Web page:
not believe his word."* He "By this sin they fell from disbelieved the threatening, and their original righteousness, so, to become like God, he and communion with God, and touched, he tasted, he fell. so became dead in sin, and wholly defiled in all the faculties and parts of soul and body. They being the root of all mankind, the guilt of this sin was imputed, and the same death in sin and corrupted nature conveyed to all their posterity, descending from them by ordinary generation. From this original corruption, whereby we are utterly indisposed, disabled and made opposite to all good, and wholly inclined to ali evil, do proceed all actual transgressicas. This corruption of nature, during this life, doth remain in those that are regenerated: and although it be through Christ pardoned and mortified, yet both itself, and all the motions thereof, are truly and properly sin. Every sin, both original and actual, being a transgression of the righteous law of God, and contrary thereunto, doth, in its own nature, bring guilt upon the sinner, whereby he is bound over to the
This is the corruption that cometh by inheritance, which the old writers called original sin, meaning by this word, sin, the corruption of nature, which before was pure and good."
B. 2. ch. 1. sec. 4 and 5.
As the image of God was lost through unbelief; so the same image is restored by faith. This faith cometh by hearing. "Therefore Bernard doth rightly teach that the gate of salvation is opened unto us, when at this day we receive the gospel by our ears: even as by the same windows, when they stood open to Satan, death was let in." Inst. B. 2. ch. 1, sec. 4.
God always originates volitions in us, in view of motives. The consequences of eating of the forbidden fruit were, 1. An immediate spiritual death, for they fell into complete ruin: and this was the death threatened and, 2. A total depravity of heart.* They lost all their love to God, all their disinterested affections; and thus were. deprived of the image of God, who is love. As all the trees and plants were included in the first trees and first seeds, so all men were created and comprehended in the first man, so that his obedience or transgression should affect all mankind as it affected him. "By the constitution and covenant with Adam, his first disobedience was the disobedience of all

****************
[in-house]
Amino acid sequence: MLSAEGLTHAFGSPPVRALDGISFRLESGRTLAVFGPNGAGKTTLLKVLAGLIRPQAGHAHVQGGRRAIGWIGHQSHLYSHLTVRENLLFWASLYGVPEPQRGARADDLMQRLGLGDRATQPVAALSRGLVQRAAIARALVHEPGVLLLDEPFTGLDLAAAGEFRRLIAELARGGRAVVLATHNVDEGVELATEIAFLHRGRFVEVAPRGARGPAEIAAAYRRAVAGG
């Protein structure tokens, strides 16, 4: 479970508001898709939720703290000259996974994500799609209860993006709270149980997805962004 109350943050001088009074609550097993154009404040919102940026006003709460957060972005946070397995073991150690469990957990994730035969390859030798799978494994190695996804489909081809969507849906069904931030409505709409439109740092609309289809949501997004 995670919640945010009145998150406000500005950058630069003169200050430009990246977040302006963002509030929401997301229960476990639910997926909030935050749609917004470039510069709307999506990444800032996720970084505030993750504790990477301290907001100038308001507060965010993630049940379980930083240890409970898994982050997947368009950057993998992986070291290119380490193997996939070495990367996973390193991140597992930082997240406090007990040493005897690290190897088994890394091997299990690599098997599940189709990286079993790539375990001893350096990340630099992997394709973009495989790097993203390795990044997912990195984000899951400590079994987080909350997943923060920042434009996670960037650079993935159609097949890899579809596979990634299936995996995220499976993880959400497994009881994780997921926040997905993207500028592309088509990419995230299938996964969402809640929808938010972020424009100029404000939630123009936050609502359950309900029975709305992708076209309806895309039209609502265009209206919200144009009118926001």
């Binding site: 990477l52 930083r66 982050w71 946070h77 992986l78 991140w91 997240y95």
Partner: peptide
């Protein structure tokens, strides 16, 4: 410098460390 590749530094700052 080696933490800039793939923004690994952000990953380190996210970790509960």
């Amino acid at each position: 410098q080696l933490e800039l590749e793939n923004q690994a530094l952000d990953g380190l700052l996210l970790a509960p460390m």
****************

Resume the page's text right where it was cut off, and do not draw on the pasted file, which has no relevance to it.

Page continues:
lieve, 2. That he made his posterity sinners, by transferring to them the guilt of his first transgression." Guilt is a personal thing and can no more be transferred than action. " It was unjust in the nature of things that the Supreme Being should transfer the guilt of Adam's sin to his posterity. Hence we may safely conclude, that the guilt of Adam's first sin was never transferred." "The doctrine of imputation, therefore, gives us no ground to suppose, that all mankind sinned in and fell with Adam, in his first transgression; or that the guilt of his first sin was, either by him, or by the Deity, transferred to his posterity. Nor can we suppose,† 3. That Adam made men sinners, by